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My Trans Am Resto


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44043809465_d6a464b207_c.jpg2018-09-27_05-02-21 by Kerry Grubb, on Flickr

Car on its way to the shop.45297096502_2d93c3e4da_c.jpg2018-10-15_04-45-57 by Kerry Grubb, on Flickr

Packed with spares!

Car is a 1979 Tenth Anniversay Trans Am. For those that dont know and may be interested, this was a special edition model commemorating the first Trans Am of 1969. It was somewhat of a limited production model, they made 7500 total, 1718 of which were 4 speed models. This one is a 4 speed. 4 speed cars came with a true Pontiac 400 motor, the automatics had the corporate GM olds 403. This was the highest priced trans am when sold, and had zero options. Including for the first time a leather interior.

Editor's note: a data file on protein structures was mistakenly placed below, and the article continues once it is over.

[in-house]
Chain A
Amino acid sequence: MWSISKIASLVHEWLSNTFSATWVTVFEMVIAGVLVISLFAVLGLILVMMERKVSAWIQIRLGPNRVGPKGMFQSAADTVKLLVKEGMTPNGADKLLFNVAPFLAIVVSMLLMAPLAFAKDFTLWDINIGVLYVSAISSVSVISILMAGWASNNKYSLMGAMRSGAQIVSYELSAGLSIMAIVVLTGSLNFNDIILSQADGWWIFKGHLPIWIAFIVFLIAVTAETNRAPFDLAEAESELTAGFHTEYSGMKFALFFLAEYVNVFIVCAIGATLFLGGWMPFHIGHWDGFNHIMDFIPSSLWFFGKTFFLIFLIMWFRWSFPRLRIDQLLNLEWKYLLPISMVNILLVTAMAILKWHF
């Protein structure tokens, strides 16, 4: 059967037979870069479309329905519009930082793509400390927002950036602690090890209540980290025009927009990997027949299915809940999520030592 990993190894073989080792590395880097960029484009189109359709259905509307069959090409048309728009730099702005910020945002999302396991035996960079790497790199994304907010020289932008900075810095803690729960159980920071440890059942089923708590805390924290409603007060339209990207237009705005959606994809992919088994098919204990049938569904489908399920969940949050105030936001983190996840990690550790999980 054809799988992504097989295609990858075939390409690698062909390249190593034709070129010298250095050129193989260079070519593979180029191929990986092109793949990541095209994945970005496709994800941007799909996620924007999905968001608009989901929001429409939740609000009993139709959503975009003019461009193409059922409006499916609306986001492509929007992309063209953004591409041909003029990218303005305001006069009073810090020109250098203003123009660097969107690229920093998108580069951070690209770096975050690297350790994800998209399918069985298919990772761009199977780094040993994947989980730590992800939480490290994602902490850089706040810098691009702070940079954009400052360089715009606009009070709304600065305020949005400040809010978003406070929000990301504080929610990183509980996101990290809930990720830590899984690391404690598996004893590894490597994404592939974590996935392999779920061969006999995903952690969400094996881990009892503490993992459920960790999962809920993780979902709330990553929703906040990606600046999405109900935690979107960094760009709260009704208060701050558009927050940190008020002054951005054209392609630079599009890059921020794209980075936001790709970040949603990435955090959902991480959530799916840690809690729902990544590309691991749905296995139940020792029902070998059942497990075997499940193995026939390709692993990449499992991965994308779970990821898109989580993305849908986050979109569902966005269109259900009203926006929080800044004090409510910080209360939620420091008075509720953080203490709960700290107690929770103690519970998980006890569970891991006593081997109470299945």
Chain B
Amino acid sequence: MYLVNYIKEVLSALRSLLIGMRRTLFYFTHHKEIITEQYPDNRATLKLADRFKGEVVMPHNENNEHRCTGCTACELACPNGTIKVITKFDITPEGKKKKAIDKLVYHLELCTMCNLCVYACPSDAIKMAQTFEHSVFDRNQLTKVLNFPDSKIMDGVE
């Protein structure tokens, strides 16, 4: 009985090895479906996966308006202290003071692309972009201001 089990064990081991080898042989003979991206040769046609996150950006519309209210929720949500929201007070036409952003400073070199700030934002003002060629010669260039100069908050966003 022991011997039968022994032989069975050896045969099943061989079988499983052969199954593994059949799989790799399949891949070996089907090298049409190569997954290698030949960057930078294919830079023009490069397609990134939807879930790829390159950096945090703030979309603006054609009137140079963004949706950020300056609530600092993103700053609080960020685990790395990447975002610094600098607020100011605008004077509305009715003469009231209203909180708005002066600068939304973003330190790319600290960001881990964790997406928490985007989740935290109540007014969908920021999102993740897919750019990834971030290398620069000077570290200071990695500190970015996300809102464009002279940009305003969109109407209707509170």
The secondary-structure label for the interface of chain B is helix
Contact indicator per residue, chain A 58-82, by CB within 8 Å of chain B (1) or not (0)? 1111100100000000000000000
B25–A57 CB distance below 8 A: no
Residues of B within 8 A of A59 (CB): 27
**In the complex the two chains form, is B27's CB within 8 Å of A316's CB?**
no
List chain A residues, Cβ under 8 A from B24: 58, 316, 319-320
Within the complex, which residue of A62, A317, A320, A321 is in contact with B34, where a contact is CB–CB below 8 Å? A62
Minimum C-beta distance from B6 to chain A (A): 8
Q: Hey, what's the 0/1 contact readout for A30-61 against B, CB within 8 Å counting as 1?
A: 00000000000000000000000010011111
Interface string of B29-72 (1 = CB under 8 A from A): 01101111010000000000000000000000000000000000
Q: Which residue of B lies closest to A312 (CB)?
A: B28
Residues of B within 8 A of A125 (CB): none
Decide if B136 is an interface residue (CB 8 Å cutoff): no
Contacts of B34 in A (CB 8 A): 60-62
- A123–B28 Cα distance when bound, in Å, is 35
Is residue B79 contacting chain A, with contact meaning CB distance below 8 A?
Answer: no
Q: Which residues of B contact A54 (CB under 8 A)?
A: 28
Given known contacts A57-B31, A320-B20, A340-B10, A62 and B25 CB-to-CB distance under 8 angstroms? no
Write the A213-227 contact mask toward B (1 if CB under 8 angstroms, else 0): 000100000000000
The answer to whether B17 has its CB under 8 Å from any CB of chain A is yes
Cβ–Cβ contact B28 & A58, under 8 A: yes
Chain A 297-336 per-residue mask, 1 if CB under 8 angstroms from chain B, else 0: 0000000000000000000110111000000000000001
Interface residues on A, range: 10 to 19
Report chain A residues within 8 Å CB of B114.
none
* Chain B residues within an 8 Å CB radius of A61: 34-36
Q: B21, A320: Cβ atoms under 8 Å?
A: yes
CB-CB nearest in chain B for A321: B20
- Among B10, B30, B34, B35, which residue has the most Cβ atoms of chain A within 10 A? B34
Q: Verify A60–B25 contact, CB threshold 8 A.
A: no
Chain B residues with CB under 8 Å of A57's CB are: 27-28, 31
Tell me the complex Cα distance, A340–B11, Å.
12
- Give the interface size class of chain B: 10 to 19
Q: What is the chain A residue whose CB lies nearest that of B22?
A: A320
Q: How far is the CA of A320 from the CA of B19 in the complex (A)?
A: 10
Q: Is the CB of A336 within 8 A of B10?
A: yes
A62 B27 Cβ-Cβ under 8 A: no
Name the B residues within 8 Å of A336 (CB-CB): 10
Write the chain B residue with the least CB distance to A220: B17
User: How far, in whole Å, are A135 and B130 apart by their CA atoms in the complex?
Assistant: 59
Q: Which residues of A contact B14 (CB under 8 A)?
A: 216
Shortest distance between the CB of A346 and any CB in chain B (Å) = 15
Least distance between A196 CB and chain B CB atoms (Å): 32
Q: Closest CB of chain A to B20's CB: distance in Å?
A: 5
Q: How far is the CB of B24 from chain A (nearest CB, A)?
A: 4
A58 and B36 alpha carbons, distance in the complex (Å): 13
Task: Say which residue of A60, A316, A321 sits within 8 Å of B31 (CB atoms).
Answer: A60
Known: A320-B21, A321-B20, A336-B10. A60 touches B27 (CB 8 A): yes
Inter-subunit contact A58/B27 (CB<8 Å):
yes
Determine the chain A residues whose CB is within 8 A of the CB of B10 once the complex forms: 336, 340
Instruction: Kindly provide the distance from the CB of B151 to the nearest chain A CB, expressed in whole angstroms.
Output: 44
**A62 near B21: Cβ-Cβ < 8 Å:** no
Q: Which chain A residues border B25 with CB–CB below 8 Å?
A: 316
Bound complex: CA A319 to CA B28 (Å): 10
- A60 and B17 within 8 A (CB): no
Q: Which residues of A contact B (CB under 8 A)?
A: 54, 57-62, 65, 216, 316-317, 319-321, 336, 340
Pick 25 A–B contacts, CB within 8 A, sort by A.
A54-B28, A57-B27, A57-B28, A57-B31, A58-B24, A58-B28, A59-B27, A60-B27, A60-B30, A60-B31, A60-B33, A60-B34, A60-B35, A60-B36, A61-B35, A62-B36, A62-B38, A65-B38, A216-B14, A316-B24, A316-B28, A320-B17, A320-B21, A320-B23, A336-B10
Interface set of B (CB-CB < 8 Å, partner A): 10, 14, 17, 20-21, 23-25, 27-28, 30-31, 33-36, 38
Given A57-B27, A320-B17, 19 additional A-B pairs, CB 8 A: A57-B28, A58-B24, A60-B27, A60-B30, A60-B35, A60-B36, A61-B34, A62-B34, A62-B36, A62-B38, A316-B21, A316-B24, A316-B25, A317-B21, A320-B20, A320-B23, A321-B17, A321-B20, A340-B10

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Car is a two tone silver with a grey accent on top. I have been working on this for about a year now. Everything but the hood is finish painted and buffed out. I am in the process of putting things back together. Car was virtually rust free, with the exception being a small part at the bottom of one of the fenders, which is typical for these cars. I have done some restor to some int. parts as well and will post that up in a bit. I enjoy doing paint and body work, but I have little to no experience with motors. I will most likely farm that part out to someone.